Some Uses of the Definite Article
One of the most difficult aspects of the English language for students is learning when we do, or don’t, use Articles. There are three Articles in English – the Indefinite Article (a or an), the Definite Article (the), and the Zero Article (which is when we don’t use an article at all!)
In this post we’re going to focus on some of the uses of the Definite Article.
'The' for Geographical Features
We use the definite article to speak about various geographical features.
We use the definite article to speak about names of seas and oceans. For example, we can think of the Mediterranean Sea and the Dead Sea, or the Atlantic Ocean and the Pacific Ocean.
We also use the definite article when we speak about the names of rivers. For example: The River Liffey in Dublin, the Nile in Africa or the Amazon river in South America.
We also use the definite article to speak about deserts across the world. For example: The Sahara Desert in North Africa, the Arabian Desert in Western Asia and the Mojave Desert in the United States.
We also use the definite article to speak about mountain ranges. Some famous mountain ranges in the world are the Pyrenees Mountains in France and Spain, the Carpathian Mountains in Hungary, Poland and Romania and the Andes Mountains in South America.
We use the definite article to speak about groups of countries or states or island chains. For Example: The European Union, the United States of America, the Netherlands, the Canary Islands.
Although we use the definite article to speak about seas, oceans, rivers, mountain ranges groups of countries and islands and deserts, we do not use the definite article to speak about all geographical features.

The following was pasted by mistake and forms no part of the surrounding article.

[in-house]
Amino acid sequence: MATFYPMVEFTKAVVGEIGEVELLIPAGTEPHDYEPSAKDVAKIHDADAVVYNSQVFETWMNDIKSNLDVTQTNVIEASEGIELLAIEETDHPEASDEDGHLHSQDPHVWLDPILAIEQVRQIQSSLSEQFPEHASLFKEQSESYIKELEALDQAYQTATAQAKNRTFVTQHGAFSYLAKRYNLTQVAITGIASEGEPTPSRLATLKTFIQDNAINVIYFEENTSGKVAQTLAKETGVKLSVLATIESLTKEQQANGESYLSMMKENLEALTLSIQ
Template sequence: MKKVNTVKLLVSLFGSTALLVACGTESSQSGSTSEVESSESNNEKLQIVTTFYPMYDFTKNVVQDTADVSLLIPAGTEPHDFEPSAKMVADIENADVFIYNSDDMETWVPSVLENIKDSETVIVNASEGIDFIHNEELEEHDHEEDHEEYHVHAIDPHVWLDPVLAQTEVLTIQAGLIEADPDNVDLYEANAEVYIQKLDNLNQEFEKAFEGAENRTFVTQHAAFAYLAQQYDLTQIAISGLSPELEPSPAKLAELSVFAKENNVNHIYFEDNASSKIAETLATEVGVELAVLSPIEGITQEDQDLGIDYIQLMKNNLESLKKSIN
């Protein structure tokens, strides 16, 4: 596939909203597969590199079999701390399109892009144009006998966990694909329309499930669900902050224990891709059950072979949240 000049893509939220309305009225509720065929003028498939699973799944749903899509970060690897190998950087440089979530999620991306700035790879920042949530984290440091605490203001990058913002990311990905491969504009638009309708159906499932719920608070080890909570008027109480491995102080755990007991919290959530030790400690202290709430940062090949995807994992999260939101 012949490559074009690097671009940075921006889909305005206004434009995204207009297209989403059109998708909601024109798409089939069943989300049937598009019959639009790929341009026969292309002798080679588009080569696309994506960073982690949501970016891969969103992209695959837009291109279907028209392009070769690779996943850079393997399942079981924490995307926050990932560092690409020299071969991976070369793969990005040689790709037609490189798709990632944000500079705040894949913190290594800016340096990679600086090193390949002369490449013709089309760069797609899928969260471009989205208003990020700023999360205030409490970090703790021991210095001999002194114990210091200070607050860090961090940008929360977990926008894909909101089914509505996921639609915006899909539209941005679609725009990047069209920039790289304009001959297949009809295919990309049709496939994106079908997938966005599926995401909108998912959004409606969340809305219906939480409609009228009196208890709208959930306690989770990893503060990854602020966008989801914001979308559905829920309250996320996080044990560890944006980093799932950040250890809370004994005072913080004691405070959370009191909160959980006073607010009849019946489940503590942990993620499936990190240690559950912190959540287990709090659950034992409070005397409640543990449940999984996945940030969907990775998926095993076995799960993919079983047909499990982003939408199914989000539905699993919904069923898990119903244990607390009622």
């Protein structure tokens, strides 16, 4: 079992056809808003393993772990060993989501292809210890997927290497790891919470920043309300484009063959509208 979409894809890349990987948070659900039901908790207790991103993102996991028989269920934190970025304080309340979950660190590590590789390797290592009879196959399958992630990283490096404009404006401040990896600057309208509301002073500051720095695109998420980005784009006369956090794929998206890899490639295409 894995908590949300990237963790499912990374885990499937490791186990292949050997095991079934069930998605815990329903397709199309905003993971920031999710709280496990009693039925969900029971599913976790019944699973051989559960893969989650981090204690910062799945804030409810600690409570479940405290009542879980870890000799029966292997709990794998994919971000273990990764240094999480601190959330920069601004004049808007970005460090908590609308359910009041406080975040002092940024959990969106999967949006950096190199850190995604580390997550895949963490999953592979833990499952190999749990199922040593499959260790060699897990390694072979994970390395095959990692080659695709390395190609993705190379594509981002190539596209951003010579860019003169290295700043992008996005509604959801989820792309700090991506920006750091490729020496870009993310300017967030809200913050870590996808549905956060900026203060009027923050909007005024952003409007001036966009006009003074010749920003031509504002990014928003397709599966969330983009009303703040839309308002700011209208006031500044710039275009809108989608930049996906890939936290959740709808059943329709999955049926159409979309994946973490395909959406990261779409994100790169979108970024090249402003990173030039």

- We cannot* use the definite article to speak about lakes. For Example: Lake Victoria, and Lake Superior
- We cannot* use the definite article to speak about mountains. For example: Mount Everest and Mount Kilimanjaro
- We cannot* use the definite article to speak about streets. For Example: Grafton Street and Henry Street
- We cannot use the definite article to speak about continents. For Example: North America, Asia, Africa
* There are some exceptions! For example: The Great Lakes, The Matterhorn, The Champs Elysees.
'The' for Musical Instruments
We also use the definite article ‘the’ when we speak about musical instruments.
Some common string instruments are the guitar, the cello and the violin.
Popular percussion instruments include: the drums and the tambourine.
Woodwind instruments include: the saxophone, the trumpet and the flute.
'The' with Adjectives
The definite article in English is also used to speak about superlative adjectives.
For example, the tallest, the youngest, the funniest, the largest, the most incredible, the most agreeable, the most striking and the most alarming.
Another very important use of the definite article is when we use adjectives to speak about groups of people in society. For example, we can speak about ‘the rich’, ‘the poor’, ‘the employed’ or ‘the unemployed’, ‘the destitute’, ‘the old’, ‘the young’, ‘the homeless’ and ‘the infirm’. It is also commonly used with nationality adjectives to describe that group of people. For example: ‘the English’, ‘the Irish’, ‘the Spanish’ or ‘the French’.
Use of the Definite Article 'The'
We use the definite article when we talk about:
Geographical features: I enjoy going skiing in the Alps. I went on a boat trip along the River Liffey. Last year I went on holiday to the United States.
Musical instruments: I want to learn to play the piano. My sister plays the guitar very well.
Superlative adjectives: This is the best movie I have ever seen. She is the oldest student in the class.
Adjectives for groups: The English drink a lot of tea, whereas the Spanish drink a lot of coffee.
Aspect: a part of something
Various: there are many different types